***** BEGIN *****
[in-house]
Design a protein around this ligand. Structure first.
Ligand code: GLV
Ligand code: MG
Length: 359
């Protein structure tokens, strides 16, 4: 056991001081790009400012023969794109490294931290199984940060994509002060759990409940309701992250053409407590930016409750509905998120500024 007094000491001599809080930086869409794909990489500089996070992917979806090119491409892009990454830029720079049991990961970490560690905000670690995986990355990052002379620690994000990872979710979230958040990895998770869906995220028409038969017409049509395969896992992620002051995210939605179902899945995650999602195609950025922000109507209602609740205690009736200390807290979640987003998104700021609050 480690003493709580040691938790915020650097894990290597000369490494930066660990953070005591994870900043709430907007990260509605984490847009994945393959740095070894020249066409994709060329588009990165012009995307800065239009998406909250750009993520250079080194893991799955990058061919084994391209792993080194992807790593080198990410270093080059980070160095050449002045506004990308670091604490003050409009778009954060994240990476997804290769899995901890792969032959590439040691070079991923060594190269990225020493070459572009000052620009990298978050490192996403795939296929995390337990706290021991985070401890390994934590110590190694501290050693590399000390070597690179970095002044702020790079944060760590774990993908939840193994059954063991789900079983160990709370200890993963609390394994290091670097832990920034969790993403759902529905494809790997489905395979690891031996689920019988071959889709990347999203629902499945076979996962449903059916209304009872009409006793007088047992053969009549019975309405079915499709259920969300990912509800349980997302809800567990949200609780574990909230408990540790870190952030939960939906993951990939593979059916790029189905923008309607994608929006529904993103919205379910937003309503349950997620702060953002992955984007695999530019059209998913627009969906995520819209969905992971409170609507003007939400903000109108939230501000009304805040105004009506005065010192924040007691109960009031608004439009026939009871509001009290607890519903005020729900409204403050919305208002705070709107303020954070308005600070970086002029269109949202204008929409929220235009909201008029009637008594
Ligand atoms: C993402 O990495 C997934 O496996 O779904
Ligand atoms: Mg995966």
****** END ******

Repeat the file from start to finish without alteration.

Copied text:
[in-house]
Design a protein around this ligand. Structure first.
Ligand code: GLV
Ligand code: MG
Length: 359
């Protein structure tokens, strides 16, 4: 056991001081790009400012023969794109490294931290199984940060994509002060759990409940309701992250053409407590930016409750509905998120500024 007094000491001599809080930086869409794909990489500089996070992917979806090119491409892009990454830029720079049991990961970490560690905000670690995986990355990052002379620690994000990872979710979230958040990895998770869906995220028409038969017409049509395969896992992620002051995210939605179902899945995650999602195609950025922000109507209602609740205690009736200390807290979640987003998104700021609050 480690003493709580040691938790915020650097894990290597000369490494930066660990953070005591994870900043709430907007990260509605984490847009994945393959740095070894020249066409994709060329588009990165012009995307800065239009998406909250750009993520250079080194893991799955990058061919084994391209792993080194992807790593080198990410270093080059980070160095050449002045506004990308670091604490003050409009778009954060994240990476997804290769899995901890792969032959590439040691070079991923060594190269990225020493070459572009000052620009990298978050490192996403795939296929995390337990706290021991985070401890390994934590110590190694501290050693590399000390070597690179970095002044702020790079944060760590774990993908939840193994059954063991789900079983160990709370200890993963609390394994290091670097832990920034969790993403759902529905494809790997489905395979690891031996689920019988071959889709990347999203629902499945076979996962449903059916209304009872009409006793007088047992053969009549019975309405079915499709259920969300990912509800349980997302809800567990949200609780574990909230408990540790870190952030939960939906993951990939593979059916790029189905923008309607994608929006529904993103919205379910937003309503349950997620702060953002992955984007695999530019059209998913627009969906995520819209969905992971409170609507003007939400903000109108939230501000009304805040105004009506005065010192924040007691109960009031608004439009026939009871509001009290607890519903005020729900409204403050919305208002705070709107303020954070308005600070970086002029269109949202204008929409929220235009909201008029009637008594
Ligand atoms: C993402 O990495 C997934 O496996 O779904
Ligand atoms: Mg995966």